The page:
Benefits of Removing Administrator Access in Windows

I think most security people advocate removing administrator rights for normal Windows users, but I enjoy reading even a cursory analysis of this "best practice" as published by BeyondTrust and reported by ComputerWorld. From the press release:

BeyondTrust’s findings show that among the 2008 Microsoft vulnerabilities given a "critical" severity rating, 92 percent shared the same best practice advice from Microsoft to mitigate the vulnerability: "Users whose accounts are configured to have fewer user rights on the system could be less impacted than users who operate with administrative user rights." This language, found in the "Mitigating Factors" portion of Microsoft’s security bulletins, also appears as a recommendation for reducing the threat from nearly 70 percent of all vulnerabilities reported in 2008.

Other key findings from BeyondTrust’s report show that removing administrator rights will better protect companies against the exploitation of:

* 94 percent of Microsoft Office vulnerabilities reported in 2008
* 89 percent of Internet Explorer vulnerabilities reported in 2008
* 53 percent of Microsoft Windows vulnerabilities reported in 2008.

I'd like to take this a step further. Let's compare a system operated by a user with no administrator rights -- but no antivirus -- against a system operated by an administrator *with* antivirus. I believe the no administrator rights system would survive more often, albeit not without some failures. Anyone know of a study like that?

Richard Bejtlich is teaching new classes in DC and Europe in 2009. Register by 1 Jan and 1 Feb, respectively, for the best rates.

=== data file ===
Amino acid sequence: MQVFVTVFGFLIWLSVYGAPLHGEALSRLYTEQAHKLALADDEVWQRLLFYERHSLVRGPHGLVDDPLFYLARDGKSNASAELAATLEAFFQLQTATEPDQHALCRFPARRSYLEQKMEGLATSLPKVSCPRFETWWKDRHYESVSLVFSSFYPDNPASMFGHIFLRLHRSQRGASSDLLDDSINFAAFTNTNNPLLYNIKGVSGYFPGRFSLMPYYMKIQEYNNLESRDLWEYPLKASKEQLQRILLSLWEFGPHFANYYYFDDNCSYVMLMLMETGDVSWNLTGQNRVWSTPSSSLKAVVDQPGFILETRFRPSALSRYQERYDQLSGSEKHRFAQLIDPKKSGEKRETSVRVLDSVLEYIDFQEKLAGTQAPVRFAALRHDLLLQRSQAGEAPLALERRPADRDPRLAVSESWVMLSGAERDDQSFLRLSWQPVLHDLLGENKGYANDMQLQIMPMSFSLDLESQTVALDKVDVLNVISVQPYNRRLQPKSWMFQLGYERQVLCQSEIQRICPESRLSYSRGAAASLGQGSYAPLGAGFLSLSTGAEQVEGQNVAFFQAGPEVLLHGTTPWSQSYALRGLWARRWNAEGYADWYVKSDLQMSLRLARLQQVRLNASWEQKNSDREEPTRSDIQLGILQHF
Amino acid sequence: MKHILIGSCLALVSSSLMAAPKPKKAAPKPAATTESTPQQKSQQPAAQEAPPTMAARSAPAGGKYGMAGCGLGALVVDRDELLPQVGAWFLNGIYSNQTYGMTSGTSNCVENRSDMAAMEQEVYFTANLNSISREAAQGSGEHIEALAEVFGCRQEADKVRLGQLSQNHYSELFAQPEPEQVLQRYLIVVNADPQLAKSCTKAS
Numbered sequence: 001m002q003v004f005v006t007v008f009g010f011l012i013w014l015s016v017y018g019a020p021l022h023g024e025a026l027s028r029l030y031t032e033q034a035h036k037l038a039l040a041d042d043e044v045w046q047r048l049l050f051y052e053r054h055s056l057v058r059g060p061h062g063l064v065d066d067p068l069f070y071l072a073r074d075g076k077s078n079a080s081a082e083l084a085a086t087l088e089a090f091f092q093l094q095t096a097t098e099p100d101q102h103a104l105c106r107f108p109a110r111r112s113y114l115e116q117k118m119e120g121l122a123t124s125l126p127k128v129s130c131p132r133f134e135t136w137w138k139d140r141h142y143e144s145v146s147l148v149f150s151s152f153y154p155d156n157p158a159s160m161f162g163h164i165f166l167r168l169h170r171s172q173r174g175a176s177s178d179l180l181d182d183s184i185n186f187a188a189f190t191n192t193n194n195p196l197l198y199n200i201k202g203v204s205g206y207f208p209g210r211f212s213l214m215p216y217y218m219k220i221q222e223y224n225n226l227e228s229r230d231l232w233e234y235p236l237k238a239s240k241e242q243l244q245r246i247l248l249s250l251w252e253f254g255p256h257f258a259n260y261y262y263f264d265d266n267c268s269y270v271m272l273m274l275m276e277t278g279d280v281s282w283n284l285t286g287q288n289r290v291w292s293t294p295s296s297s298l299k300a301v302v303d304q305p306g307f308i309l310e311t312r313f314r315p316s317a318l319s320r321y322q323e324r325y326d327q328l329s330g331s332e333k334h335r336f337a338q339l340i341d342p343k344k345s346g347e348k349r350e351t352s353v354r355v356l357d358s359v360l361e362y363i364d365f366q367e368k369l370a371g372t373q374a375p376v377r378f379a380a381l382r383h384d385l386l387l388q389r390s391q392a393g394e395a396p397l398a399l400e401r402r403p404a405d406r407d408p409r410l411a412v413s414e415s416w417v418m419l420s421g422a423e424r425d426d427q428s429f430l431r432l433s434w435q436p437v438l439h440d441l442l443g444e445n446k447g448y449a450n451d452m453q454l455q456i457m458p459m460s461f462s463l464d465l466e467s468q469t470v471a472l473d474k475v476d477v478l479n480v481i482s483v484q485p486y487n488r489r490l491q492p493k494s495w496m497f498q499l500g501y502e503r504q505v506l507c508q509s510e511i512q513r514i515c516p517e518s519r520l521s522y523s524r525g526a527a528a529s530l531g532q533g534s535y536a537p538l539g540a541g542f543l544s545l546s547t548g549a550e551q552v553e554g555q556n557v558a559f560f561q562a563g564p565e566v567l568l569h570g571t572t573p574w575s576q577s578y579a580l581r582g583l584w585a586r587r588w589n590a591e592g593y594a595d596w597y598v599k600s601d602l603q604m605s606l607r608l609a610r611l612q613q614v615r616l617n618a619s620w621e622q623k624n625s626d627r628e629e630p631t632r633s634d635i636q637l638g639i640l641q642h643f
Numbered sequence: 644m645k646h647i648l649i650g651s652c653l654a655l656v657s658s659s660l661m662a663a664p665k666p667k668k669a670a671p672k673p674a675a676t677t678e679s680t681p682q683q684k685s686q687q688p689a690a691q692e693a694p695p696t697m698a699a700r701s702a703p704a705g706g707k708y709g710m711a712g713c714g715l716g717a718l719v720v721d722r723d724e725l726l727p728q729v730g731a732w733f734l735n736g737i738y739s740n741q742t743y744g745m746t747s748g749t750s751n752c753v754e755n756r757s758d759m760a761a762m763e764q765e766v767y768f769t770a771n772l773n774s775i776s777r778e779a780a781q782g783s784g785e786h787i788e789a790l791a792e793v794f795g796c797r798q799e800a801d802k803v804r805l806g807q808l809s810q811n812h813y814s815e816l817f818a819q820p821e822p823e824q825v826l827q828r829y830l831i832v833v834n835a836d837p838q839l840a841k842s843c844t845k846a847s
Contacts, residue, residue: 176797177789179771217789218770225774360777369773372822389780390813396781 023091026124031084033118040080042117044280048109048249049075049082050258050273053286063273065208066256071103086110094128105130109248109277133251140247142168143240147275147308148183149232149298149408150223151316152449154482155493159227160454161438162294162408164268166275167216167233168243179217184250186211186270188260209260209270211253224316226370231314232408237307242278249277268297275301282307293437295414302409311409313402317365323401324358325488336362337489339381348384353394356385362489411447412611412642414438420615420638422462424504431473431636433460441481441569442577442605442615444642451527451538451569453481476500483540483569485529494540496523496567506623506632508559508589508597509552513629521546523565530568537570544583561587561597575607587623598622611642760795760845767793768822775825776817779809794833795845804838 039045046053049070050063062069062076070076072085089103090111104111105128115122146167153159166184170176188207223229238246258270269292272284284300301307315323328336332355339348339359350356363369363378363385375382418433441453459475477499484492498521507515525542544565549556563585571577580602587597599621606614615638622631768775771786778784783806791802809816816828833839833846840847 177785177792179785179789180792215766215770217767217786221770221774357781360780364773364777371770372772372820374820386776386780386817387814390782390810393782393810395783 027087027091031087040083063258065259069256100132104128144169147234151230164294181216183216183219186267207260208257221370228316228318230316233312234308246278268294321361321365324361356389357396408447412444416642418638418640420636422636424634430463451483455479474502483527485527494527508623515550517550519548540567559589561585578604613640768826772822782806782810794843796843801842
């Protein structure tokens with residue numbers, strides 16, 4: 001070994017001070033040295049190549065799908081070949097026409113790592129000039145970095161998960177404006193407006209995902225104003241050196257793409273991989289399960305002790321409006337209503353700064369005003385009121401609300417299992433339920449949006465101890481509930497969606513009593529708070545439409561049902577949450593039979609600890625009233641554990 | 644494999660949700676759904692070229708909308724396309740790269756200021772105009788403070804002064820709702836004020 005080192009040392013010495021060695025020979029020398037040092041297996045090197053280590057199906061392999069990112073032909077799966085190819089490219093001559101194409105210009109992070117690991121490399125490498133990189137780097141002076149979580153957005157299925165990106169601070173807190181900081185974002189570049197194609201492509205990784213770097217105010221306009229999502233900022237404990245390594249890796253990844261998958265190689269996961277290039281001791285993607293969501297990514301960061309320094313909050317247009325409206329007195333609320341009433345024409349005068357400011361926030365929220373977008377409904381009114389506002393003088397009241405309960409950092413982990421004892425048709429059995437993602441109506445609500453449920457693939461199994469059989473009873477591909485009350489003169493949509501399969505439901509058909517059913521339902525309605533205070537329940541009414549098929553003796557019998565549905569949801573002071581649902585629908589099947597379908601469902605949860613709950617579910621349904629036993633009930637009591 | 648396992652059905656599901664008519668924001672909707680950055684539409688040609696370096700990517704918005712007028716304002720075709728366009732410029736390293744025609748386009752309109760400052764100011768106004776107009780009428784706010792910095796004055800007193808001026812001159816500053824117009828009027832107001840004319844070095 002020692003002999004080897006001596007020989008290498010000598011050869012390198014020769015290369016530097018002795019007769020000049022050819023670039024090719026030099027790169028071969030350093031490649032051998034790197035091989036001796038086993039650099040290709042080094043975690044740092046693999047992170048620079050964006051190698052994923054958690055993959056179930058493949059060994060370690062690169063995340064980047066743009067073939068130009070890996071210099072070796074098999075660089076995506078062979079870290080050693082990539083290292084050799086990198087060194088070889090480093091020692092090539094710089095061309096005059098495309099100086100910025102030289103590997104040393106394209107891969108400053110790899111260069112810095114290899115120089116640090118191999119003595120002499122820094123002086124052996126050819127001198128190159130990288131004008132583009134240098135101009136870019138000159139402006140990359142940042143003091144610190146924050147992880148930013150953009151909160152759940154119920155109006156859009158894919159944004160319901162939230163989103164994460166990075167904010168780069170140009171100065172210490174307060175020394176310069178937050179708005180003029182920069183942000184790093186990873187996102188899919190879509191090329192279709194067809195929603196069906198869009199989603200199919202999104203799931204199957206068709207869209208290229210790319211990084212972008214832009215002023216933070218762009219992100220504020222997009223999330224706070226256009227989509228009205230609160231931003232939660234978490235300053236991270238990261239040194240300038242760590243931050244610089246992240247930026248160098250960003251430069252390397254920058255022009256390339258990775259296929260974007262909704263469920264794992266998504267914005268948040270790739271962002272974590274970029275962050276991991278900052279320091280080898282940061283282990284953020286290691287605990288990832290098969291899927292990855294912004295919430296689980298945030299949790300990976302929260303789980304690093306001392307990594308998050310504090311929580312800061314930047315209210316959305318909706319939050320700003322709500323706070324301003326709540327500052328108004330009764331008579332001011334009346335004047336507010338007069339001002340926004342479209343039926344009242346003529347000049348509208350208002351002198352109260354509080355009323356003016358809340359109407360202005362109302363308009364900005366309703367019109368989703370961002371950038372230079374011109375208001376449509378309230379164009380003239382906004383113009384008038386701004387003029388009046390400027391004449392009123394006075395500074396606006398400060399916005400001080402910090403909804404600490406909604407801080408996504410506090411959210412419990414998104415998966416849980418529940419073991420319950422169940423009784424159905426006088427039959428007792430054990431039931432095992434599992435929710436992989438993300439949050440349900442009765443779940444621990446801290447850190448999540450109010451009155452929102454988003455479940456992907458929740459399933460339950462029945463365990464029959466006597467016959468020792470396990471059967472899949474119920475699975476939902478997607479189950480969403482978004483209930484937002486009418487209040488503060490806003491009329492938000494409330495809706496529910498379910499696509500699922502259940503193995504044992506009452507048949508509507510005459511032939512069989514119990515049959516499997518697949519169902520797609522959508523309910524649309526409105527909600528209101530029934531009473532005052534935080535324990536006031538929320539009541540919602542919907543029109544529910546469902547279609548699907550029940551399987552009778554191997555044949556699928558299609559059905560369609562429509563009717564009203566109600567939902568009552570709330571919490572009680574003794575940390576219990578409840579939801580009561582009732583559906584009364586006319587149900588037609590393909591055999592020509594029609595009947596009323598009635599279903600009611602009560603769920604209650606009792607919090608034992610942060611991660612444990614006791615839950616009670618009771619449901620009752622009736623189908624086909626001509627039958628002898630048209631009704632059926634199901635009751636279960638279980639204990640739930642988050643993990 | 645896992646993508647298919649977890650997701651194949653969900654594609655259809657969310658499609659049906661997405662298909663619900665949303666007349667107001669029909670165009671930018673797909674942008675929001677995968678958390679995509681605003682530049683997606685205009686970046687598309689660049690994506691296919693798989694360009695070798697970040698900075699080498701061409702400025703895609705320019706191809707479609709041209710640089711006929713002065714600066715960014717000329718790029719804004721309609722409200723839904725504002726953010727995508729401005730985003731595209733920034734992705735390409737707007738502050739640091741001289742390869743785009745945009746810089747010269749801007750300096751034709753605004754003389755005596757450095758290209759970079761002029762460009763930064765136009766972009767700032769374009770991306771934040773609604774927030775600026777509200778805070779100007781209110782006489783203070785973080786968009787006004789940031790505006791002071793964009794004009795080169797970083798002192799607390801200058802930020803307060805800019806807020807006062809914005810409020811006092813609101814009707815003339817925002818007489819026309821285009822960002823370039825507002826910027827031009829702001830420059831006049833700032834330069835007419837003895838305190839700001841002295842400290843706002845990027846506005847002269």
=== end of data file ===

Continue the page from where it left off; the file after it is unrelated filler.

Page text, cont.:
Michael Janke said…
I've switched my home computers to 'no anti-virus, no administrator' mode a while ago, without any evidence or data to support the switch, other than a gut feel that if it's a trojan that is dangerous enough to hurt me, it'll be sophisticated enough to evade AV anyway.

The absence of AV certainly gives me a faster, more enjoyable user experience.
I have seen the AV 2009 virus group infect a computer right in front of me where the user had no elevated rights, was fully patched, and fully up to date AV definitions. It came in and disabled the AV and the user couldn't have done that themselves either.

I haven't seen any studies, but what I see on a daily basis would support that. Malware is just able to shift too fast for AV to keep up. Running as admin can be like using flammable liquids to put out a fire.
I will say that I wish Microsoft would come up with an administrator mode, vice runas or UAC. Something where I can put in the password once, do my administrative functions, and then shut it down...kind of like a shell within the unprivileged shell. Something where I can install software, and other things without necessarily interrupting the other processes I may have running as the standard user and something where I don't have to log out.
Anonymous said…
Here is the closest thing to this type of study that I ever remember seeing in the public:

Read the "Fight for (fewer) rights" section.

Another site summarized the results in table form: